Back in 2002, the busy streets of Atlanta, Georgia, had turned into ones of gloom and darkness due to fear of “The Necktie Killer” striking again. True to his heinous moniker, the offender had shaken the city by using neckties to restrain his victims’ hands before slaying them through actions that can only be deemed horrific. All this and more has been profiled on ‘Murder by Numbers: Bound by Blood,’ which ensures that the identity of the criminal, Howard Milton Belcher, is brought to light. So, now, let’s learn more about his victims and his current whereabouts, shall we?
Who Were the Victims of The Necktie Killer?
Shortly after being released from state prison for unrelated charges, Howard Milton Belcher went on a murder spree in October 2002. His motive was again robbery, but this time, he went above and beyond. The affair began when he noted several unsuspecting people at or near Bulldogs, a Peachtree Street gay bar famous within the African-American community. Hence, as Howard frequented the establishment, he chose to hand-pick his targets from there. He charmed the gay men, got them to take him to their place, and then let loose.
Howard’s first victim was apparently 27-year-old Leroy Tyler from DeKalb County, who was found dead under a comforter in his bedroom inside his Clarkston apartment on October 5. According to police records, his cause of death was “ligature strangulation” with his hands tied. Not only was his car stolen, but the stove was also left turned on, possibly in an attempt to burn down the apartment, which would destroy evidence.
That same day, 40-year-old Mark Schaller also lost his life. He lived in an up-scale condo on Dutch Valley Road off Monroe Drive. Mark was discovered partially nude inside his home with his hands bound with a necktie and traces of another male on his remains. After all, he’d died from a severe blunt force injury to the neck, not straight strangulation. His gas-operated oven was also left turned on, but just his phone and wallet were reported missing.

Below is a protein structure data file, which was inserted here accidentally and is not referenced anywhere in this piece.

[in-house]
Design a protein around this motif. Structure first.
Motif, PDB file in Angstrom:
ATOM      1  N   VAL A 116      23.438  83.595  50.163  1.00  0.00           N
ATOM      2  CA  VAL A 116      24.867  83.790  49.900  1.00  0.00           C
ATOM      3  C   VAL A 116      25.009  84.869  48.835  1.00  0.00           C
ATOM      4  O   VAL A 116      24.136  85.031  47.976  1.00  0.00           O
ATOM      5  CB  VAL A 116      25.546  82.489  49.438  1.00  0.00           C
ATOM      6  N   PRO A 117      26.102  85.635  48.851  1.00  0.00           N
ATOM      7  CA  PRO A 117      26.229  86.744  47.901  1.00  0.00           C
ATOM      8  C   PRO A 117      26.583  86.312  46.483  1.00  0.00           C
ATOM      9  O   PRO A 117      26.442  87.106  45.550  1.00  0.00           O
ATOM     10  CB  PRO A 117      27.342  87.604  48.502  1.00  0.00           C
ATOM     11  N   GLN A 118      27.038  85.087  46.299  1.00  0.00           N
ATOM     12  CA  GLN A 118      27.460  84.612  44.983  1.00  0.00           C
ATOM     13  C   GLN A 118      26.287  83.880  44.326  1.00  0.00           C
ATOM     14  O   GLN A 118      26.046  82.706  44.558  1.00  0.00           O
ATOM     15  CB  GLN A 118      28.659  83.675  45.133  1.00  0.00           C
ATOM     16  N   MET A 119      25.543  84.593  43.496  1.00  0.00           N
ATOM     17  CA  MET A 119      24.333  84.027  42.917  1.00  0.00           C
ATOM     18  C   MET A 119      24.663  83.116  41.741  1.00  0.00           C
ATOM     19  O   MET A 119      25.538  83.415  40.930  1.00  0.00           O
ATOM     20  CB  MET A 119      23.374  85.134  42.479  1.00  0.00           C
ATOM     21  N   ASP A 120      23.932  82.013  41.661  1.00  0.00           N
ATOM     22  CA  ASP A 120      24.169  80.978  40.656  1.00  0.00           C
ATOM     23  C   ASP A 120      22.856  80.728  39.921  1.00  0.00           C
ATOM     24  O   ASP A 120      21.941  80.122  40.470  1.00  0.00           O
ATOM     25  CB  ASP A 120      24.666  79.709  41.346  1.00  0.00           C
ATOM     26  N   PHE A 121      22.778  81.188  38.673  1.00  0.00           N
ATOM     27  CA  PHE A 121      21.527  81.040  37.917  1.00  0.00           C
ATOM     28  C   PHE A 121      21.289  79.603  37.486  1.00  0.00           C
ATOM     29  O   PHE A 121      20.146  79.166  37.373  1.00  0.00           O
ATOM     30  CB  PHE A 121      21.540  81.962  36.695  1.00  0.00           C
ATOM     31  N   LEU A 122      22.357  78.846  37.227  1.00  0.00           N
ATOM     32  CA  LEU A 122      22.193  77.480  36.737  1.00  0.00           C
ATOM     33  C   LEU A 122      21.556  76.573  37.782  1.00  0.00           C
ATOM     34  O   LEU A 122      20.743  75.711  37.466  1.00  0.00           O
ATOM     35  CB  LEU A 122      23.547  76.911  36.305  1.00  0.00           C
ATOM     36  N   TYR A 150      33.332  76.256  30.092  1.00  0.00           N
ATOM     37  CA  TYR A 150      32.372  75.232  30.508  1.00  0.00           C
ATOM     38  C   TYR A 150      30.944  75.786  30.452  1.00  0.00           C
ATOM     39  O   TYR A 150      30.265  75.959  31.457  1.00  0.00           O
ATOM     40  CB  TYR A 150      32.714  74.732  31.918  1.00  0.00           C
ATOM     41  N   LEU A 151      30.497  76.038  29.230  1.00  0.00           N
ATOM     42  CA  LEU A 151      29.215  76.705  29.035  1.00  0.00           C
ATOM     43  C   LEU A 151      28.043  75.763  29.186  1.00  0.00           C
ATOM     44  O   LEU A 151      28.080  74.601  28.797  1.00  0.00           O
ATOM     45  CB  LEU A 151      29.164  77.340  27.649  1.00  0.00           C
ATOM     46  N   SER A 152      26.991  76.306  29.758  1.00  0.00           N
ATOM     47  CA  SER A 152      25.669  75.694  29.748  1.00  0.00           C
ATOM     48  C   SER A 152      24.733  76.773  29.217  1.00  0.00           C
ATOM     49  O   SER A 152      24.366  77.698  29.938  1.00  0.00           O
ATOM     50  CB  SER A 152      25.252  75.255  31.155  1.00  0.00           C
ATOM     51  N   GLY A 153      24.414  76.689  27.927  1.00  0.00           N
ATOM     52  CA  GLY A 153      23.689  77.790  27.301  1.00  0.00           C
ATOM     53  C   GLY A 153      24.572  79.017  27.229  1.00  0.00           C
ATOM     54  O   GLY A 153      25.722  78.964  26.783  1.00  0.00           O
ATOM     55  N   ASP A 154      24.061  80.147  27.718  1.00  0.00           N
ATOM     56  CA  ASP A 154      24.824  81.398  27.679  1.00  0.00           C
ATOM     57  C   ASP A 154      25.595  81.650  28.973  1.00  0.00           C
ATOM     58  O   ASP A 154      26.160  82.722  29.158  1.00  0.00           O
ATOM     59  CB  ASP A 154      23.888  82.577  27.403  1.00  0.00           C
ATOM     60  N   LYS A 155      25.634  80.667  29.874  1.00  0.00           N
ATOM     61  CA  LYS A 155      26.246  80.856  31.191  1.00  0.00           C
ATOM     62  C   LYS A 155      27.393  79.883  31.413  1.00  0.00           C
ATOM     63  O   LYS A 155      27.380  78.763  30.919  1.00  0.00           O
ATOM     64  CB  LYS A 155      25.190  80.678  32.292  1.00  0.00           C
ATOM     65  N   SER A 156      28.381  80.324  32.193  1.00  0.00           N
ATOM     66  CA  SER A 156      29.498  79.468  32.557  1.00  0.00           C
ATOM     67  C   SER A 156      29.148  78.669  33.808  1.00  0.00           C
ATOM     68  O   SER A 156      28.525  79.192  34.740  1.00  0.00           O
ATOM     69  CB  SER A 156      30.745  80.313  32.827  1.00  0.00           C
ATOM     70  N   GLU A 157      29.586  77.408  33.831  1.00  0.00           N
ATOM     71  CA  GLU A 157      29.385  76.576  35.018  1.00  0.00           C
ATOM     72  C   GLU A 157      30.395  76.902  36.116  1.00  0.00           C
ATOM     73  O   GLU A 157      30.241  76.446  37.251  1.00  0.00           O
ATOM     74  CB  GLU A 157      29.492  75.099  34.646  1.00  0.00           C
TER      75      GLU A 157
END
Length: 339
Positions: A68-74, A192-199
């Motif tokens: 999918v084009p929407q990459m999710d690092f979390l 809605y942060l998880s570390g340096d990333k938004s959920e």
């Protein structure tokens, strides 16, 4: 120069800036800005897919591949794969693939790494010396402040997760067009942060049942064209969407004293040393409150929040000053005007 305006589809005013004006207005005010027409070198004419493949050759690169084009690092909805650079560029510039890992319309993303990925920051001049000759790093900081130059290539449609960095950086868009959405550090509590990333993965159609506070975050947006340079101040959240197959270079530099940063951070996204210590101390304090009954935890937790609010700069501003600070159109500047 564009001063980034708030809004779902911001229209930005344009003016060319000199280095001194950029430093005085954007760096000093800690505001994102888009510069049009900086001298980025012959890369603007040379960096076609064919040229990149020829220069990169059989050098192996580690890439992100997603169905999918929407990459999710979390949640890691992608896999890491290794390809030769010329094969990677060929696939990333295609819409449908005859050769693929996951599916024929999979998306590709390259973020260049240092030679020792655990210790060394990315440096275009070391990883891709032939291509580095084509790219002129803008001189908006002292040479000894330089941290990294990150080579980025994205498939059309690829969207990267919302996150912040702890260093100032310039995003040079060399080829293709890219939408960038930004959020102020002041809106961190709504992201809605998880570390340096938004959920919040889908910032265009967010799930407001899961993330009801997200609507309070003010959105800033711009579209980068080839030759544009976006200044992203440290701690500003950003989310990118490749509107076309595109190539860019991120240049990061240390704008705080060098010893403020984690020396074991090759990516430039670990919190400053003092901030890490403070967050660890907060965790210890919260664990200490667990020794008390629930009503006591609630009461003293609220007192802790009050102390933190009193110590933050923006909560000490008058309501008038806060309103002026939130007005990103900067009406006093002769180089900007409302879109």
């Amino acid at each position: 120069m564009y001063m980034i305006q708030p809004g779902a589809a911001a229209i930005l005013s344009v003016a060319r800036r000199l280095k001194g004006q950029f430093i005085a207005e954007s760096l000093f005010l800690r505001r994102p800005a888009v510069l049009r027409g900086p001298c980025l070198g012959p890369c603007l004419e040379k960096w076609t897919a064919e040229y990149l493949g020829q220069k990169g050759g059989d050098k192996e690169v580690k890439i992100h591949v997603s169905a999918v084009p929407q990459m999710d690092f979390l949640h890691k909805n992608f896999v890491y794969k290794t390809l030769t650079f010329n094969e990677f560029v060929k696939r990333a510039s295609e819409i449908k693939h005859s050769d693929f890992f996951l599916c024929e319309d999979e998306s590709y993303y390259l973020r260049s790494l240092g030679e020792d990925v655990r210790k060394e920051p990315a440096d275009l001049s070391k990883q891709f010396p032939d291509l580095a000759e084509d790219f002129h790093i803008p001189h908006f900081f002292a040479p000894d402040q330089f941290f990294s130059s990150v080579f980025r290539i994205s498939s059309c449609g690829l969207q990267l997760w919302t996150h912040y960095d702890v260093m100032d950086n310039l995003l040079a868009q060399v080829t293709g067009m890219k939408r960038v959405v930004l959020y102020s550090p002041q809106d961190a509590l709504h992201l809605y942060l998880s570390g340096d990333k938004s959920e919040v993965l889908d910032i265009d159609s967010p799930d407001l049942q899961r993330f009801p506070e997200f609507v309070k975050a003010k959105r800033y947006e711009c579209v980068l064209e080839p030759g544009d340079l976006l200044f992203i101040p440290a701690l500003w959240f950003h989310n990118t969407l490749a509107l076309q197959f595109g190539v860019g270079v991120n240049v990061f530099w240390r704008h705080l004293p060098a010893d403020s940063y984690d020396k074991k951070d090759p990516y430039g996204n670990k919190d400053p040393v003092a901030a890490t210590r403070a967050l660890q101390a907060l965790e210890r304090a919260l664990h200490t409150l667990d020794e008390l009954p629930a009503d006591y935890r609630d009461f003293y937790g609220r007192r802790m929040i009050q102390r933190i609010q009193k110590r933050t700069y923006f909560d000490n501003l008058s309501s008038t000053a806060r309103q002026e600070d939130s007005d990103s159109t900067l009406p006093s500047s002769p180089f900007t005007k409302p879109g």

Five days later, 43-year-old Matthew Abney was bound and strangled in his house. Howard had met Matthew, assistant manager of a Wal-Mart, at Bulldogs before making their way to his residence. They had sex before Matthew was murdered. In simple words, Matthew, like the previous victim, was found partly nude. The gas oven was again left on, yet Howard seized his vehicle and jewelry instead of cash or phones.
His supposed final victim before apprehension was 35-year-old Artilles McKinney. The Duluth man was killed near October 28, with his body being uncovered a day later. But Howard wasn’t charged in the matter since medical examiners couldn’t concretely state if this was a homicide. With that said, he was arrested in College Park on October 30 as he was driving Artilles’ 1994 Lexus.
Where is Howard Milton Belcher Now?
In June 2004, a Paulding County judge sentenced Howard Milton Belcher to life in prison plus 20 years in connection to Matthew Abney’s homicide. The officials linked him to this case, along with Mark Schaller’s and Leroy Tyler’s, after his apprehension because his modus operandi (MO) was the same. A “calling card” is how investigators defined it. Therefore, when his six-day 2004 trial ended in a jury conviction, he was officially indicted for Mark’s murder. Due to his outrageously vile attacks, Howard subsequently got labeled as a suspected serial killer.
In regard to Mark Schaller’s murder, the Fulton County District Attorney’s Office decided to seek the death penalty. However, once the prosecution made this plan clear in court, Howard surprised everyone by embracing it and asking to die. He stated, “I’d like to thank the court for giving me the death penalty.” When interrupted to be told that he is yet to face trial and its conclusion, he added, “I want the death penalty. I don’t have anything to talk about. I want the death penalty.” But alas, Howard only received a life sentence and remains alive. Thus, in his early 40s, the Necktie Killer is currently incarcerated at the medium-security Phillips State Prison in Buford, Gwinnett County, Georgia.
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